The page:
Re:Don't disturb my circles. (1)

The One and Only (691315) | more than 6 years ago | (#20187103)

It's the very existence of aggressive militaries that requires a peaceful society to be able to protect itself against them. Stable, wealthy societies do not last long without some sort of military protection, because an unprotected, wealthy society is only all the more appealing to those who would loot it. Of course it would be better if no one had a military, but that is not and never has been the case. And if it were the case, the first people to build a military and use it for aggressive purposes would take us all as slaves.

Institutional violence is necessary to maintain society. Never in world history has there ever been a society that adopted a sort of pacifist anarchy, in which there were absolutely no institutions charged with using physical force to uphold social order.

Further to that, the use of force (or the threat of it) within civil society is not necessarily related to the use of force between nations in wars, so your argument of removing all military and police is really tilting at windmills.

Force is force. Whether you have a small group of people calling themselves a street gang or a large group of people calling themselves the Prussian army is a difference of degree. Whether they rob banks or burn cities is a difference of tactic. Whether you handcuff them and take them prisoner at gunpoint or shoot them in the belly as they cross the border is a difference in response, dictated by the desire to uphold a peaceful society within your own borders. In either case, there exist people who intend to do force against peaceful members of a peaceful society, and a peaceful society must have means of protecting itself against them.

This will drive the Taliban crazy (2, Funny)

Anonymous Coward | more than 6 years ago | (#20176883)

Assuming that we are still in Afghanistan in ten years ... and I wouldn't bet that we won't be ... a fleet of these vehicles could really even things up with the Taliban. Imagine the Taliban ambush a vehicle to kidnap the occupants and too late they realize that the occupants are dummies. The vehicle explodes. YES! The terrorists get a taste of their own medicine.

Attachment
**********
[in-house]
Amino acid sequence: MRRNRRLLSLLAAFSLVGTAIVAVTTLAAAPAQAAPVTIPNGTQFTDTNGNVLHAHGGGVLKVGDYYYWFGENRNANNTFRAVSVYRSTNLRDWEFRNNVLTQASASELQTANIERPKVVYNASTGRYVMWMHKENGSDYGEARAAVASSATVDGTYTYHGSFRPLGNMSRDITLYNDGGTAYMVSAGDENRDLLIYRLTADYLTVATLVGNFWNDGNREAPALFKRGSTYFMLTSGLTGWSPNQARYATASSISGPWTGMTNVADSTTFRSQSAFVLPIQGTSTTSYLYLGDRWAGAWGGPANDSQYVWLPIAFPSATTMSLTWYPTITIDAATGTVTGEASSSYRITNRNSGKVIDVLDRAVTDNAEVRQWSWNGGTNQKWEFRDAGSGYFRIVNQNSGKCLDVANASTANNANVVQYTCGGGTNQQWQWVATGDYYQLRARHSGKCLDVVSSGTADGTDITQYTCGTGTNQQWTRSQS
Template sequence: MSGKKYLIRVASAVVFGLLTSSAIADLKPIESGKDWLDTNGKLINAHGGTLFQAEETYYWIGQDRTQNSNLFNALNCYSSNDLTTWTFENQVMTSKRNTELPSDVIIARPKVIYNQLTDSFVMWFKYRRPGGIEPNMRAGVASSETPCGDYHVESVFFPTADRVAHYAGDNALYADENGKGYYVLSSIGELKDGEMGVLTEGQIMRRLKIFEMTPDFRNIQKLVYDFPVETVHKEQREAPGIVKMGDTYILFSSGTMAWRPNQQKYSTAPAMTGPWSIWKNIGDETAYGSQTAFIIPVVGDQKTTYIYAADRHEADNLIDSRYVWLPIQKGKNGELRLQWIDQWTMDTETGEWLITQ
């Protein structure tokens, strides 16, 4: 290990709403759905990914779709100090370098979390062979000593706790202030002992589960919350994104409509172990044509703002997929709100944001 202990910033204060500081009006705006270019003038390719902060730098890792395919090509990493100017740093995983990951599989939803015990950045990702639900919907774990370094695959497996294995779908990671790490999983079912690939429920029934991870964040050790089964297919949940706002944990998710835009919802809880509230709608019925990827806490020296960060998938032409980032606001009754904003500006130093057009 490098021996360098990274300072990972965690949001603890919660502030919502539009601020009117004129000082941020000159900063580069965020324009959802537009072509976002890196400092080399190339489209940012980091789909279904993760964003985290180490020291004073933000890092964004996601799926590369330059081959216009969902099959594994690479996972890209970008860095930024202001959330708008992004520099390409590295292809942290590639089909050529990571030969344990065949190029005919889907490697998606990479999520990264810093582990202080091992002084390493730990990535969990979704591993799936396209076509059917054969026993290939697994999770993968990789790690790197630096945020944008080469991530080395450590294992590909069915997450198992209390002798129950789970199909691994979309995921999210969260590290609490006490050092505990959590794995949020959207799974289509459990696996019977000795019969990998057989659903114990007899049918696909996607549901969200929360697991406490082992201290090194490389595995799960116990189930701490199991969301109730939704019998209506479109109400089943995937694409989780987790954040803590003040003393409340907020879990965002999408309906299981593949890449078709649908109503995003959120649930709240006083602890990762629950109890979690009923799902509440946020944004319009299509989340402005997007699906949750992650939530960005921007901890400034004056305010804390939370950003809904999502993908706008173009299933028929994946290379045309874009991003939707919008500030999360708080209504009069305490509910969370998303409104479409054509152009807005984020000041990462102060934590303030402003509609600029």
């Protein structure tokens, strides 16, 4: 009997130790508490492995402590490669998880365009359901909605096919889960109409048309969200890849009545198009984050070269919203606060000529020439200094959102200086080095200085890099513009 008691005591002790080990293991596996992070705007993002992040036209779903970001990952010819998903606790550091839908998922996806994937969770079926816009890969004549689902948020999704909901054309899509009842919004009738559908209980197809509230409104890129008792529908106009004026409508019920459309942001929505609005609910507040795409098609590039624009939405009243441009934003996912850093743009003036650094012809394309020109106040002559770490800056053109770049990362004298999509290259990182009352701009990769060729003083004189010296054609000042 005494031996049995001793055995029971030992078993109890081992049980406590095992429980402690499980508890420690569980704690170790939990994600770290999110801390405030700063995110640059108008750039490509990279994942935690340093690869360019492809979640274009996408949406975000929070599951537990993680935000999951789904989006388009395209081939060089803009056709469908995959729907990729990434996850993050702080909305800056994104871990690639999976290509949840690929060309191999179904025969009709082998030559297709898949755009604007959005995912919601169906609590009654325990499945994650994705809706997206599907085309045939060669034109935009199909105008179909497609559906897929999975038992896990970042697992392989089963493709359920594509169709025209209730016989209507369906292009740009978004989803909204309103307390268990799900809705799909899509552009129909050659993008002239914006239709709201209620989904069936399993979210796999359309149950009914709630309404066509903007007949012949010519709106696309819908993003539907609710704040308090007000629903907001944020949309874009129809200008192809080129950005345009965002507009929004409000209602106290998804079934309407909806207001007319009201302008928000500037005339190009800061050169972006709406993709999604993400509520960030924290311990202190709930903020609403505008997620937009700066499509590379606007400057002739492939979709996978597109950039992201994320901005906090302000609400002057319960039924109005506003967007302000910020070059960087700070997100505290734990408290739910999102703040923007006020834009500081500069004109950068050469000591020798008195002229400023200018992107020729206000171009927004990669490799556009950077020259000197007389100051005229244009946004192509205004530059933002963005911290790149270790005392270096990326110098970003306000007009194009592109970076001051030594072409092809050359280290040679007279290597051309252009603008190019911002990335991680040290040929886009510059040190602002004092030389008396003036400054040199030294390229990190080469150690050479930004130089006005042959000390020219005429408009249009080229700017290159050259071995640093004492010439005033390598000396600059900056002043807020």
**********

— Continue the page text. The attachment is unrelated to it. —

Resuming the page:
Re:This will drive the Taliban crazy (0)

Chris Pimlott (16212) | more than 6 years ago | (#20176935)

And there go umpteen millions of dollars in technology. Not the most cost-effective way to wage a war.

Re:This will drive the Taliban crazy (4, Insightful)

jdigriz (676802) | more than 6 years ago | (#20177105)

Please, cars and computers are cheap. It's the development programs that are costly. We use million dollar cruise missiles to take out handfuls of islamist that could as easily be killed by a couple of dollars worth of bullets.

This will drive the cruise missile crazy (0)

Anonymous Coward | more than 6 years ago | (#20177733)

Ummm, three things. One, a car can be remotely controlled a lot cheaper than what's being suggested here. Two it's not just any old islamists. It's KEY figures. Three a predator drone with a cruise missile can go were bullets can't. I.E. Pakistan.

Re:This will drive the Taliban crazy (2, Insightful)

Wingnut64 (446382) | more than 6 years ago | (#20177759)

I would also imagine it would be pretty demoralizing if people seeking glorious martyrdom only succeeded in killing robots.

Re:This will drive the Taliban crazy (1)

sveard (1076275) | more than 6 years ago | (#20177115)

I bet these autonomous vehicles perform really well in the mountains, yes...

Re:This will drive the Taliban crazy (1)

FleaPlus (6935) | more than 6 years ago | (#20177839)

I bet these autonomous vehicles perform really well in the mountains, yes...

I imagine they'd perform pretty well along supply routes, which is the application they're currently targeted towards.

Re:This will drive the Taliban crazy (1)

Animats (122034) | more than 6 years ago | (#20178267)

I bet these autonomous vehicles perform really well in the mountains, yes...

The 2005 Grand Challenge course had narrow roads cut out of the side of mountains, with no guard rails. The vehicles that finished all made it through there, even the huge military truck from Oskosh.

Re:This will drive the Taliban crazy (1)

FleaPlus (6935) | more than 6 years ago | (#20179887)

The 2005 Grand Challenge course had narrow roads cut out of the side of mountains, with no guard rails. The vehicles that finished all made it through there, even the huge military truck from Oskosh.

Yup, I was actually at the 2005 challenge, and remember that little mountain pass. I remember talking with people about how it was a really good thing that the mountain pass was near the end of the course, because otherwise some of the vehicles which had gotten knocked out earlier in the race probably would've ended up tumbling down it.

Re:This will drive the Taliban crazy (1)

Talennor (612270) | more than 6 years ago | (#20177959)

I bet these autonomous vehicles perform really well in the mountains
Yeah, I can tell you the Florida one isn't exactly designed for roads that change altitude more than a couple feet. Not that it would die, but it would have a host of problems. I'd imagine that the other teams are testing in parking lots, too. So UF wouldn't be the only one with problems in the mountains.

Re:This will drive the Taliban crazy (1)

644bd346996 (1012333) | more than 6 years ago | (#20178705)

[Ignoring the fact that the off-road contest has already come and gone...] Insight Racing is modifying a Lotus Elise. It's done pretty well so far on the track, and shouldn't have any trouble with tight mountain roads. Unfortunately, it doesn't have any cargo space. Oh well...

Re:This will drive the Taliban crazy (0)

Anonymous Coward | more than 6 years ago | (#20177987)

Yes. You might want to research previous grand challenges before trying to be "insightful"

Re:This will drive the Taliban crazy (1)

gijoel (628142) | more than 6 years ago | (#20178881)